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Delft clay casting is just one of many methods to cast metal objects. Delft clay casting has some drawbacks but is arguably the most accessible casting medium for those who are just starting out.

Step 1: Create Your Form

One of major drawbacks to using Delft clay, or other casting sands, is that you can't cast an object with undercuts in a typical two part mold. luckily for me, I wanted to cast an anvil which doesn't have any undercuts from the side. The blue anvil about was hand carved out of medium density carving wax. The material of the model being cast is important because it's going to have to withstand a considerable amount of pressure. let's say that your favorite carving or sculpting medium is something soft like very soft wax or marshmallow, then before you proceed to the next step you would need to cast a hard resin version of it first. Once you have a tough object that you think is worth casting, then you may proceed to the next step.

Step 2: Gather Your Supplies

Before getting ready to cast, you should have a casting frame. You can buy casting kits that come with tiny aluminum frames. My project wouldn't fit, so I decided to build my own. For this project, I didn't have my welder handy so I had to build one out of wood. However you decide to make it, it needs to be two flat forms that can somehow lock together. In my case, the locking mechanism was just some bent steel that kept the two pieces from shifting. Before creating the mold please save yourself some trouble later and put down a tarp or some plastic. Delft clay is just a pain to clean up, especially if you step in it. Delft clay is also reusable so being able to save as much of it as possible would be ideal because delft clay is expensive.

Step 3: First Half of the Mold

Take one frame and pack it with the delft clay. I don't just mean fill the frame, I mean take something like a mallet and pound it until you basically have a solid brick within the frame that can hold its shape. The frame should be overflowing with with compacted clay, take a straight edge and cut the clay level with the frame. Once you have leveled clay, take your model and press it into the clay in such a way that you could later pull it out without disturbing the clay. The biggest part of the model should be toward where the pour point of the frame to allow for a cleaner pour.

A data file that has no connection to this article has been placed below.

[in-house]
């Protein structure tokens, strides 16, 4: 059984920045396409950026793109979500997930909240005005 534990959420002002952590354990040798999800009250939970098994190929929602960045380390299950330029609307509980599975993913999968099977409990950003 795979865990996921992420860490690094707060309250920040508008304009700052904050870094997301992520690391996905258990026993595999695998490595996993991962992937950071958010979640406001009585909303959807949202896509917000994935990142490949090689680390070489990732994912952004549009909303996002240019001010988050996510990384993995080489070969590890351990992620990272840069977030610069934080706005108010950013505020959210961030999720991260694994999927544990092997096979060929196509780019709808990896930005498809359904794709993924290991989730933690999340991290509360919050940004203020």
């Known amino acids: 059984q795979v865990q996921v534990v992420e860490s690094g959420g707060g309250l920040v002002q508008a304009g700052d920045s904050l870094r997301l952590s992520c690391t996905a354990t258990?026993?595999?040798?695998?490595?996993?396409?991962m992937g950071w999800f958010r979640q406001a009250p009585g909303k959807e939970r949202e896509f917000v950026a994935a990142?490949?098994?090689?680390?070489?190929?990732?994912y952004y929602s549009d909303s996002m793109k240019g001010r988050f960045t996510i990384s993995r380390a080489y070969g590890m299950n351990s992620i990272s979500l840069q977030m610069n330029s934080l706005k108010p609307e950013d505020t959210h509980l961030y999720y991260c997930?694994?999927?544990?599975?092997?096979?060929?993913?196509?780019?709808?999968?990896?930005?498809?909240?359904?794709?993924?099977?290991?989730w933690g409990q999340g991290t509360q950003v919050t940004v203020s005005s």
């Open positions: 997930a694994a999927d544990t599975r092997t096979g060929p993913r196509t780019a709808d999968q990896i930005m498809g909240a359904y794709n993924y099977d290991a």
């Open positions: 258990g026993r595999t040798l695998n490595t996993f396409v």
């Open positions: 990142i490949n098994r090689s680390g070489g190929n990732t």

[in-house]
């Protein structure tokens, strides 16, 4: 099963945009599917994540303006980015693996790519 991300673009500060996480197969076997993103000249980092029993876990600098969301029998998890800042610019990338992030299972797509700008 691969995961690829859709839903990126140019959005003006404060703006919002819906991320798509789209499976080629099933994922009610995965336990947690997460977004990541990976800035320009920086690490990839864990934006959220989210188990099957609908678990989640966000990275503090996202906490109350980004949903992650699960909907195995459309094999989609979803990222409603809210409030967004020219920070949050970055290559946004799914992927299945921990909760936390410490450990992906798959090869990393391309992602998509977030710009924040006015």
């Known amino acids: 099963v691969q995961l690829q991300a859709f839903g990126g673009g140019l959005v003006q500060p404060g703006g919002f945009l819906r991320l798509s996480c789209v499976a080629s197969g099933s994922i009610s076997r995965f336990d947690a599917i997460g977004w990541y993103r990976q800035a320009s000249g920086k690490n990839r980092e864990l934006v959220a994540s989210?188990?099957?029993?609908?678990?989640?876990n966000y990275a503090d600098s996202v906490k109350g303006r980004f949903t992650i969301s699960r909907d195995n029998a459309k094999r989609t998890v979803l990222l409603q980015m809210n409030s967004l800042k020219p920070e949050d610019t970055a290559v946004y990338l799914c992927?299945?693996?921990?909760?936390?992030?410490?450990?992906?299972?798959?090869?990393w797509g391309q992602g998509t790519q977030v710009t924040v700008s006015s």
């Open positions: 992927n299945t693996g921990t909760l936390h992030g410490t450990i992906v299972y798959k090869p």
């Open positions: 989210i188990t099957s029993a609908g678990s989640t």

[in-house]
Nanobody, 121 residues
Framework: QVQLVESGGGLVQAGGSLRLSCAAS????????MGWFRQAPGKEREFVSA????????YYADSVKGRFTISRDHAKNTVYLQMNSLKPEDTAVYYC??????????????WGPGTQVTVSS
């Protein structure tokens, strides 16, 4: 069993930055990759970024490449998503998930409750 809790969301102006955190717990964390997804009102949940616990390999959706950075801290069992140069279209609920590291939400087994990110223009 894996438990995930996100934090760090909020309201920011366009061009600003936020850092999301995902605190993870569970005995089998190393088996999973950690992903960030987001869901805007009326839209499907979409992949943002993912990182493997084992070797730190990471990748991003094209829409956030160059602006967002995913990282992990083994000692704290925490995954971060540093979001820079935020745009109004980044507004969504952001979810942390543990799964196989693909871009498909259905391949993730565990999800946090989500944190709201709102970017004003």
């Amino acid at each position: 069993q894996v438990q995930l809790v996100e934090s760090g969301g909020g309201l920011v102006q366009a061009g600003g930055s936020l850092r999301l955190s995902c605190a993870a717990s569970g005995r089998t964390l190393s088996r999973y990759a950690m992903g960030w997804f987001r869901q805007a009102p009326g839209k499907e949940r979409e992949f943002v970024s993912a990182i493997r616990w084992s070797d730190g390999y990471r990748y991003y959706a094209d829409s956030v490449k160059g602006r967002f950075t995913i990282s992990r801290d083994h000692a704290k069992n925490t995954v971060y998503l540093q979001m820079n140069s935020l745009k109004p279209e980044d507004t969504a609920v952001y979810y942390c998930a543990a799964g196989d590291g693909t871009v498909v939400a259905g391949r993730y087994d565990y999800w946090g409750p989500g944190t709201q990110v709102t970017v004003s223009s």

Step 4: Second Half of the Mold

Once you have the model in the first frame, you need to cover it in powder. The powder endures that the two halves won't stick together. The finer the powder the better, though in a pinch you can use all sorts of powder. In this instance, I didn't have any talcum powder, though I did have a charcoal block that I scraped over the first frame. With the powder applied, lock in the second frame over the first, and pack more clay into it before leveling it.

Step 5: Remove the Form and Carve Channel

Carefully pry the two halves apart and carefully remove the model. With a sharp craft knife, carve a channel for the metal to travel from the opening of the frame to the cavity. Do this so that both halves match up and create an unobstructed funnel into the cavity.

Step 6: Create Vent Holes and Connect Them to the Form